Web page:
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Seating Arrangement Can Impact Team Productivity, Relations

Seating Arrangement Can Impact Team Productivity, Relations - top government contractors - best government contracting event
Photo: capitalcitytoastmasters.wordpress.com
Seating Arrangement Can Impact Team Productivity, Relations - top government contractors - best government contracting event
Photo: capitalcitytoastmasters.wordpress.com

Creating harmonious teams does not only depend on talented individuals and their output, but also on groups’ seating arrangements, according to a new study.

While seating arrangements may seem trivial, new research from the Kellogg School of Management at Northwestern University suggests the opposite. The study noted that where individuals sit in a group can impact how much they think they contributed to the group’s output. Because disagreements about contributions often lead to group conflict, the research shows different seating plans can improve a group’s overall functioning. Particularly, it suggests helping group members to see one another can also help them see “eye-to-eye.”

Titled “Did I Do That? Group Positioning and Asymmetry in Attributional Bias,” the study was conducted by Brian C. Gunia of the Kellogg School of Management and Brice Corgnet of the Universidad de Navarra in Navarra, Spain.

Psychological research has long shown that one motivator of group conflict is “self-serving attributional bias,” in which people give themselves more credit than they deserve. Increasing group effectiveness and minimizing group conflict thus requires mitigating the bias. Gunia and Corgnet argue that group-seating positions may foster bias when they prevent particular group members from seeing the contributions of others. On the opposite end, seating positions that increase the visibility of others can diminish bias.

As part of the research, three-person groups seated in rows were asked to complete a numbers task requiring them to identify as many numbers as possible that met complex, predetermined conditions, using a shared instruction sheet and answer sheet to encourage collaboration. The participants were then isolated and asked to fill out a questionnaire about their relative contribution to the group, as well as the contributions of the other group members. To measure each group member’s perceived contribution to the group, the participants were asked to give a percentage estimate of their individual contribution.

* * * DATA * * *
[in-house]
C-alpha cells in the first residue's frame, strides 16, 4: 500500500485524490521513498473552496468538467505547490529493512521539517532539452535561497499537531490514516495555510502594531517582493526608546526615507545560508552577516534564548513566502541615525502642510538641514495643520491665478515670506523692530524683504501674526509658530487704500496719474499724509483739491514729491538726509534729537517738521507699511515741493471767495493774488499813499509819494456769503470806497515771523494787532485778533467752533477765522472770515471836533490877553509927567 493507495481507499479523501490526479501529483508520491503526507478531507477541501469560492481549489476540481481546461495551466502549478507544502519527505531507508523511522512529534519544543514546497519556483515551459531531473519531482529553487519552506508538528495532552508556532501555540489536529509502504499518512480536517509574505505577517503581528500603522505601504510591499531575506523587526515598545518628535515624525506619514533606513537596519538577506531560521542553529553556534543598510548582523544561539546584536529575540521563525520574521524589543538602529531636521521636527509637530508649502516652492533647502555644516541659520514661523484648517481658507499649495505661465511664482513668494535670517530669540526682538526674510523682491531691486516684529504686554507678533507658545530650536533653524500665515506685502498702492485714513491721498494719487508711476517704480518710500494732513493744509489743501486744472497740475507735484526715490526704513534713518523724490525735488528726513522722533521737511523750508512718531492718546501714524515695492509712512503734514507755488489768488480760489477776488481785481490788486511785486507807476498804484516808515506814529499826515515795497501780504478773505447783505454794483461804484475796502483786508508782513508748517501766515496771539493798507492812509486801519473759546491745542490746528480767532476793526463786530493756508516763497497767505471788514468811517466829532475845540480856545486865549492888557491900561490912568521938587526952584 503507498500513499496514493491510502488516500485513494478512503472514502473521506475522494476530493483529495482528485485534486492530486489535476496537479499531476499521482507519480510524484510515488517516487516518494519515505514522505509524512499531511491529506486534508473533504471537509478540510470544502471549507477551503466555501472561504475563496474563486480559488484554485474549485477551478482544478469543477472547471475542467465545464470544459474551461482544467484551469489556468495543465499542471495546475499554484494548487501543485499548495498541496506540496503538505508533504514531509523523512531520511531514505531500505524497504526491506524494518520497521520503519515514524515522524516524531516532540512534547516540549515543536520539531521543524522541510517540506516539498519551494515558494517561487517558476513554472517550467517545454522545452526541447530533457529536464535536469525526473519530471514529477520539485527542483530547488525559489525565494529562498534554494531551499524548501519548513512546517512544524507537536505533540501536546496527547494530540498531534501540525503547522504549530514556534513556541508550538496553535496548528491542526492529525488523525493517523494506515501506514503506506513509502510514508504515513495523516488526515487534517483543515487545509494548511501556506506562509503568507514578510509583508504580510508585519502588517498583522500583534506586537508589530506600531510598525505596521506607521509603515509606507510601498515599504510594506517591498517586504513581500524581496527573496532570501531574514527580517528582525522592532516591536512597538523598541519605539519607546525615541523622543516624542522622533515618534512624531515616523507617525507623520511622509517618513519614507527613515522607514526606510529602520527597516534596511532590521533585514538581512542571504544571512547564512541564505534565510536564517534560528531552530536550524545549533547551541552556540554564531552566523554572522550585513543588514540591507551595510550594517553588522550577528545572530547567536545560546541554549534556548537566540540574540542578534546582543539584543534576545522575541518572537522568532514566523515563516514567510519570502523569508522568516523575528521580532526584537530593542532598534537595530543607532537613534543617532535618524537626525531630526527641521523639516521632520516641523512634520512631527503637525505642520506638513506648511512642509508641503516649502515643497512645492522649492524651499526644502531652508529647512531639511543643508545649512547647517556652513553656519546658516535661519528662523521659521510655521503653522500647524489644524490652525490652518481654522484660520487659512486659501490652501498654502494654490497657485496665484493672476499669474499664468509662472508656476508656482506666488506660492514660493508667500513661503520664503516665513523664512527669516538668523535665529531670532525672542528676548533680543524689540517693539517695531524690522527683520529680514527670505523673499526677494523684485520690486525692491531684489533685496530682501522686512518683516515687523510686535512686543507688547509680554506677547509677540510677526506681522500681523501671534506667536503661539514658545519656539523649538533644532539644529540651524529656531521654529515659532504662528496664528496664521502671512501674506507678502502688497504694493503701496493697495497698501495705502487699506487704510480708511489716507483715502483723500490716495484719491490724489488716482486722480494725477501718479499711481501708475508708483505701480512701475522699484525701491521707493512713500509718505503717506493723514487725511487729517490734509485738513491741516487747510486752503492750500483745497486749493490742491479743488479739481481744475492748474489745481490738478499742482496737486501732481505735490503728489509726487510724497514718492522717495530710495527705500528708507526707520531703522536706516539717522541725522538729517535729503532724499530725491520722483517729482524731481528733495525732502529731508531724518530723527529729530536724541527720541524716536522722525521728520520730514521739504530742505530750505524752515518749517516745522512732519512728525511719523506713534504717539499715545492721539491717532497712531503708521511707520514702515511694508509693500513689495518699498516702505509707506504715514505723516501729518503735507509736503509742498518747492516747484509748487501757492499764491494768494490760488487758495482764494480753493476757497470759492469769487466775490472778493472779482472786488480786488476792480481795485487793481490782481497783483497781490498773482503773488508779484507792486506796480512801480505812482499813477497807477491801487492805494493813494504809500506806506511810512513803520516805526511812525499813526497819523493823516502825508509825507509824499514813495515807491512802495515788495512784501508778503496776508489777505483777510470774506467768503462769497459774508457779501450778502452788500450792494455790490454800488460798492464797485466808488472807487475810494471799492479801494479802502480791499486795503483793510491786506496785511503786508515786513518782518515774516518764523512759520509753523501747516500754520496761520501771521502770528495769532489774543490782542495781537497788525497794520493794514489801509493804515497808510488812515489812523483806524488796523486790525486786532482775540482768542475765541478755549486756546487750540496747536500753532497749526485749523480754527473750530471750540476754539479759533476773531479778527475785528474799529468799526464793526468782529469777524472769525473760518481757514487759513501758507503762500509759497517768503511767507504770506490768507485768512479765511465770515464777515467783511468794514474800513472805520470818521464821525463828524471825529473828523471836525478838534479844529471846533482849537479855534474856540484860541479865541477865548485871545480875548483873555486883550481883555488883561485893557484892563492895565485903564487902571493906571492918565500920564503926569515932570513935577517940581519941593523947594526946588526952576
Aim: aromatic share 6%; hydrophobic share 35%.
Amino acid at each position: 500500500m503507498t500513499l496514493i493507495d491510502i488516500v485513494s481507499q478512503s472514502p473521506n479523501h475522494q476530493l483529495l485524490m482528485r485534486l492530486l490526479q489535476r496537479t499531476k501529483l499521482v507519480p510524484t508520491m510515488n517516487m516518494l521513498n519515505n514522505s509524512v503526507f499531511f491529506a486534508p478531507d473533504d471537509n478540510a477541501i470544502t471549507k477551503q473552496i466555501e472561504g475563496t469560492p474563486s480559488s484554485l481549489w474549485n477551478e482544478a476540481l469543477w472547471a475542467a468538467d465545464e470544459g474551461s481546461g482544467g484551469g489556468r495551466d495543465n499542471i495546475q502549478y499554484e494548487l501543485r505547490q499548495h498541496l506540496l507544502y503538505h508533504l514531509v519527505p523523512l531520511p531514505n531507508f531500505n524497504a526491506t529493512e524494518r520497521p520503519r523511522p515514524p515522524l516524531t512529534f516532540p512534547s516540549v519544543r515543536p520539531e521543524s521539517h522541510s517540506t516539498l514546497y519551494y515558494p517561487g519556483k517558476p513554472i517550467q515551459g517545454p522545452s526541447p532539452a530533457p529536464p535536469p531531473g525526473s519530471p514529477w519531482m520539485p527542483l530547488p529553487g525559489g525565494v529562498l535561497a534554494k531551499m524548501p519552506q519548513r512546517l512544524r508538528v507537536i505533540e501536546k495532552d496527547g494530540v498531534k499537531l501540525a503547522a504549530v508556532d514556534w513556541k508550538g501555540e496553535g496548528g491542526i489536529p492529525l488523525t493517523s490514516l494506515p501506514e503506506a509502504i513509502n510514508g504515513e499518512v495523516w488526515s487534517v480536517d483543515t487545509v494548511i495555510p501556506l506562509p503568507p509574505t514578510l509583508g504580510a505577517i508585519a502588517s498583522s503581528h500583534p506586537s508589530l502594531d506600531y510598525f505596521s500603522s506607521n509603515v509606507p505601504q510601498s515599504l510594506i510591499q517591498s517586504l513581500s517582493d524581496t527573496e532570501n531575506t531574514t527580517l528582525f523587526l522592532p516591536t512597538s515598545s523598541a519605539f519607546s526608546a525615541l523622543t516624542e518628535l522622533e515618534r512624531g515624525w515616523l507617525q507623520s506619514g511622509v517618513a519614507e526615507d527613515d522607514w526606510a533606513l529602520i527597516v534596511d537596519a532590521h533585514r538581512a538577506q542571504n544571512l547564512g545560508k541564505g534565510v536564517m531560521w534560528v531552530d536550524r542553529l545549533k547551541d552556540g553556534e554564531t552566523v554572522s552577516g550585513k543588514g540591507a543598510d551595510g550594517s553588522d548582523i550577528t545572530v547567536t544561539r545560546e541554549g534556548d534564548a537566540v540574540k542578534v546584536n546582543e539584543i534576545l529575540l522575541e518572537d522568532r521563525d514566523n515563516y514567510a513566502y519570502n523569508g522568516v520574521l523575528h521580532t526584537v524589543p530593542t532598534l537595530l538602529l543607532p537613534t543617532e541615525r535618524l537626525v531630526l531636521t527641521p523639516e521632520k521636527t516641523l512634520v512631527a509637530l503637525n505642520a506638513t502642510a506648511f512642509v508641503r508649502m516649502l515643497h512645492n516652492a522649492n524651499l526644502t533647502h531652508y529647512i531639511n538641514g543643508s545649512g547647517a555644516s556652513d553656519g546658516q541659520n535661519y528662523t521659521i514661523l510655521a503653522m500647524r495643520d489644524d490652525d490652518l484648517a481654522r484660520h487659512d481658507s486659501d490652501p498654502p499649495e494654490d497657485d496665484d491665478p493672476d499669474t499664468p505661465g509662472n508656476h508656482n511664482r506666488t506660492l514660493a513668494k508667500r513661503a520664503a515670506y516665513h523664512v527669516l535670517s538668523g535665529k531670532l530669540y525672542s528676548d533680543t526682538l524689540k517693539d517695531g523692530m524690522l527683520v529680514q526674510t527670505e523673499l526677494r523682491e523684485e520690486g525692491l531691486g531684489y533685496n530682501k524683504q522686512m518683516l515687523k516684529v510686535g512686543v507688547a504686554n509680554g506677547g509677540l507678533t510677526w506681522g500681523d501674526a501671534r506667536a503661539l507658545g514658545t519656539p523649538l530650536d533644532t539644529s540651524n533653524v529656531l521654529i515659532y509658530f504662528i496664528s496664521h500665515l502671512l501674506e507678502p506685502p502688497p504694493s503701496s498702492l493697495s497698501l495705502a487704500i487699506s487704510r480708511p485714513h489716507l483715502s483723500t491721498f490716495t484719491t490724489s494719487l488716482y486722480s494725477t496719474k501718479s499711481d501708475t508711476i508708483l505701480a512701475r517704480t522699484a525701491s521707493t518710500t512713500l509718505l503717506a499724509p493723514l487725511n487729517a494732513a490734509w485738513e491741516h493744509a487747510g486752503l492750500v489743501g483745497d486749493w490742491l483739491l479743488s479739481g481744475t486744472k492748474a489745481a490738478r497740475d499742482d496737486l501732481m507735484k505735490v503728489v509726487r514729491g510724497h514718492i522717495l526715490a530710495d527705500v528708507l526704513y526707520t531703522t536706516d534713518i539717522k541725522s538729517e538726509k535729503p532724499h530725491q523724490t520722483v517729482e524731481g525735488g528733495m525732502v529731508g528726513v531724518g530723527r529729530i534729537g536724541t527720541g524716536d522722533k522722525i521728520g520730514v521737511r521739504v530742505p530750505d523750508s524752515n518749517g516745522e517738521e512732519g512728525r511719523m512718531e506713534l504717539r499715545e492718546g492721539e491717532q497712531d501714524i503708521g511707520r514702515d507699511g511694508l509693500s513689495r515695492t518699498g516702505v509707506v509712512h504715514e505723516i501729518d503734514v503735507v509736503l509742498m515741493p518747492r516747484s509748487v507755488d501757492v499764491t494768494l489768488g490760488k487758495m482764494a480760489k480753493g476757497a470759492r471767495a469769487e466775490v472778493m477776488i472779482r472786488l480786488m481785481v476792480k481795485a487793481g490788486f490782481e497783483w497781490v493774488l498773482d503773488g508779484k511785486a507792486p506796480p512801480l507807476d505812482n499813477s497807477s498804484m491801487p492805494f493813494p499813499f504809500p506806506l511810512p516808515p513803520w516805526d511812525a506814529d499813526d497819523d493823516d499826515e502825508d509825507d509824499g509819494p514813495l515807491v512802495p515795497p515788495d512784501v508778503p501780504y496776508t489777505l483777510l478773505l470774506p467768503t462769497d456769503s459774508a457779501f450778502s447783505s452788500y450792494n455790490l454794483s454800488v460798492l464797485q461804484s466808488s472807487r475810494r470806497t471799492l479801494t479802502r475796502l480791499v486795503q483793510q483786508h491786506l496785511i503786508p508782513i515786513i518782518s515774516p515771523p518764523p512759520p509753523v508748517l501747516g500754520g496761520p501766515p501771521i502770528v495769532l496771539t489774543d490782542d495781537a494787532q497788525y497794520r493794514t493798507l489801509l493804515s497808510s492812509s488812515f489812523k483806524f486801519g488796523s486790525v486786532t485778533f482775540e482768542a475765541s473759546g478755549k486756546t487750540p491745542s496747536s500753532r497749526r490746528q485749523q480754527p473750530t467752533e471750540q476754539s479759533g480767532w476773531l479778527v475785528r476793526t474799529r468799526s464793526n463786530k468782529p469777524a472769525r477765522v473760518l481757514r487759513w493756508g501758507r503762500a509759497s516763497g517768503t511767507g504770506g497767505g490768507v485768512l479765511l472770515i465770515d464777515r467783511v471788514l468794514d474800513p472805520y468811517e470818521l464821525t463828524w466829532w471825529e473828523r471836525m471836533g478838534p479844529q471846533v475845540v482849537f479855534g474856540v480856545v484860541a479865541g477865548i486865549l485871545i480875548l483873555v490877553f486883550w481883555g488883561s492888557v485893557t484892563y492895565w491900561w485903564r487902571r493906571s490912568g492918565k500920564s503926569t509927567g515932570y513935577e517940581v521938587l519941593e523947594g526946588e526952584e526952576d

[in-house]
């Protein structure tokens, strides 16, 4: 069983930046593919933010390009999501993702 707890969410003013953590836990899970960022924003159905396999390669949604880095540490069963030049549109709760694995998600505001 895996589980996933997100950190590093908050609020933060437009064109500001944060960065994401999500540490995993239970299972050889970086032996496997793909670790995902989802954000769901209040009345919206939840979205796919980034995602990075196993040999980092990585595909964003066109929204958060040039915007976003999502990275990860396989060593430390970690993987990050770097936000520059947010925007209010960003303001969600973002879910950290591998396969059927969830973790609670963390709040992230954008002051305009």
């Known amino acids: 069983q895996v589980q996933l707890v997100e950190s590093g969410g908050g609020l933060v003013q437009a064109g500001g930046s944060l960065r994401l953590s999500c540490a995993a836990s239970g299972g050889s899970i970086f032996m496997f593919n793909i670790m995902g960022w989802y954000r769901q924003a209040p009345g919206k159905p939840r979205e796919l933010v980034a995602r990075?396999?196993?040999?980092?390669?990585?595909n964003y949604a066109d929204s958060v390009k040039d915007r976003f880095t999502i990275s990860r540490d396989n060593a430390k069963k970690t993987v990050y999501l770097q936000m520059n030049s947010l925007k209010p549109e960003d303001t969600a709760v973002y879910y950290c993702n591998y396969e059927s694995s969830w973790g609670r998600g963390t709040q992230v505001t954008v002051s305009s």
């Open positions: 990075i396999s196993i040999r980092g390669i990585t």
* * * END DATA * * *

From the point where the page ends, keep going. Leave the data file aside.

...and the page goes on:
The findings revealed that the person seated in the middle routinely took approximately one-third of the credit for the task, while the other two (outside) participants took substantially more credit. Notably, outside members undervalued contributions made by the other outside member, believing this person contributed less than one-third, but they appropriately valued the contributions of the middle member. Meanwhile, middle members appropriately valued the contributions of both outside members. These results suggested that an inability to see other group members was the driver of people’s credit judgments.

Overall, the results showed that group members seated in the middle showed less bias than outside members because they had better visibility into their peers’ contributions. Despite differences in attributional bias based on positioning, group members in all positions were equally satisfied with the group experience. More generally, the research findings suggest that positioning groups so that the members can easily see one another (for example, in a circle) could promote group harmony.

“This research suggests that circular arrangements or open-floor plans could minimize group conflict, something that managers might consider when calling team meetings,” Gunia said.

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